Bull in the China Shop | Opinion | Pittsburgh | Pittsburgh City Paper

Bull in the China Shop

A filmmaker comes to town with China in his sights


Fewer than two dozen Pittsburghers showed up at SouthSide Works for last Saturday night's screening of Death by China, a button-pushing documentary about the rising Asian power. But maybe that's no surprise. The film has received little publicity here, and besides, we've already lived through its nightmare scenario: the disappearance of domestic manufacturing, accompanied by the rise of an industrial Asian power. 

Three decades ago, our steel industry was collapsing, with Japan a popular scapegoat. But while Pittsburgh was once the poster-child for deindustrialization, today we almost seem like an advertisement for it. "This is the most prosperous-looking city I've been to," says filmmaker Peter Navarro, who's been showing Death by China throughout the Rust Belt, and leading audience discussions at screenings. 

But don't be fooled, warns the University of California-Irvine professor. 

 "It's easy to be smug here, because you've got the health-care industry and you've got the academics," Navarro told me in an interview. "But if China keeps gutting our industrial base, there's not going to be the [tax] base for Medicare and Medicaid, and it's going to be a dog's lunch [for hospitals] here. And these universities are going to keep graduating kids with big student loans and no prospects."

Narrated by Martin Sheen, Death by China warns that China is poaching American jobs by cheating on trade agreements, stealing technology, and abusing its people and environment. What's more, it contends, these misdeeds have been abetted by American multinationals seeking quick profits, and by politicians beholden to them.

Many of these concerns have been documented elsewhere. And to some extent, it would be naïve to think China wouldn't do this stuff. (Pursing one-sided trade deals, tolerating environmental despoliation, punishing union dissidents ... it's almost like the Chinese studied Pittsburgh history!) But Navarro warns that China's massive size — and the scale of its abuses — make such comparisons dangerous. "Don't succumb to the false comparison [between China and] what has transpired before," he told me.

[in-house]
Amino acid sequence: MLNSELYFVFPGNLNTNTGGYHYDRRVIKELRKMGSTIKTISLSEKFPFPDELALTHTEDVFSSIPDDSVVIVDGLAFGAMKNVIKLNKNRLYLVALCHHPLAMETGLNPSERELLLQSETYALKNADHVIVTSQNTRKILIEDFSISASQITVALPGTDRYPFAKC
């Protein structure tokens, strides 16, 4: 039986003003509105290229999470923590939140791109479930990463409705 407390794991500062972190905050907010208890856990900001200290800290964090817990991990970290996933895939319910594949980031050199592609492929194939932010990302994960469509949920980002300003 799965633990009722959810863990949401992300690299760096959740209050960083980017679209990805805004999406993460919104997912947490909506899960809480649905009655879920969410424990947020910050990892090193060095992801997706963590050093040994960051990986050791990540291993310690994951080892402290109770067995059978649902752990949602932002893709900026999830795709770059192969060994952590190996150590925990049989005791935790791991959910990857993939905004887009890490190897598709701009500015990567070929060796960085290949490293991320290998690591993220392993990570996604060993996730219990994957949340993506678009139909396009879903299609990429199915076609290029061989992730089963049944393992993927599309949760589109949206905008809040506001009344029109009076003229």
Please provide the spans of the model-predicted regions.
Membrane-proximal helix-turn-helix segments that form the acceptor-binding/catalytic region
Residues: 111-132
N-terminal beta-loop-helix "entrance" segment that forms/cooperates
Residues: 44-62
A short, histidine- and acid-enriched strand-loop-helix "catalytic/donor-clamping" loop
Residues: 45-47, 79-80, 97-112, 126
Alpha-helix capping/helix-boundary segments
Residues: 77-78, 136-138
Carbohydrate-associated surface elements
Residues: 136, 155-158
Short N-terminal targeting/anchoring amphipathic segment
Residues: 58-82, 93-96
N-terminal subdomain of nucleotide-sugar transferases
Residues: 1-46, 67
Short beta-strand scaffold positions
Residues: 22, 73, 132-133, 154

Yet his film has been widely criticized, partly because it's about as subtle as a chopstick jammed in your eyeball. It opens, for example, with the image of an American flag being stabbed by a giant knife, its blade etched with the words "Made in China." And while the film eschews racism, distinguishing between Chinese rulers and their long-suffering people, some of the more lurid content is hotly contested: warnings about China's growing military threat, for example, and allegations that the government harvests organs from political dissidents. (One of the film's fearmongerers, Gordon Chang, has spent years predicting China's imminent collapse. Which makes you wonder what he's doing in a film warning of its dominance.)

Anyway, a better title might have been Suicide by China. The film shows American consumers scurrying about on "Black Friday," blithely purchasing Chinese-made goods. "If the American people can't provide me with what I need, I'll get it from China," one says, his shopping cart filled with stuff he doesn't "need" at all. It makes you wonder whether there's much difference between CEOs going overseas for wider profit margins, and consumers going overseas for cheaper wide-screen TVs. If it weren't for cheap Chinese goods making us feel affluent, would we tolerate America's growing disparities in wealth? If it weren't for the influx of iPods and other electronic distractions, would we be more concerned about whether our lifestyles are sustainable, either environmentally or financially?  

That complacence is what Navarro hopes to change. "Everybody who walks out of that theater," he told me, "can no longer buy a made-in-China product without thinking of these things."  And maybe he's right that unless we do so, Pittsburgh's "eds and meds" economy will prove as vulnerable as Big Steel was. As someone who grew up here in the 1980s, I remember how easily even a blast furnace can be toppled, how suddenly a way of life can be uprooted. 

Then again, I also remember how we blamed our problems on Japan, and how hating a competitor distracted us from changing the rules of the game. That's local history I'd rather not repeat.

Death by China is slated for showings at SouthSide Works through the end of the week. You know the place, right? It's that shopping mall where the steel mill used to be. 

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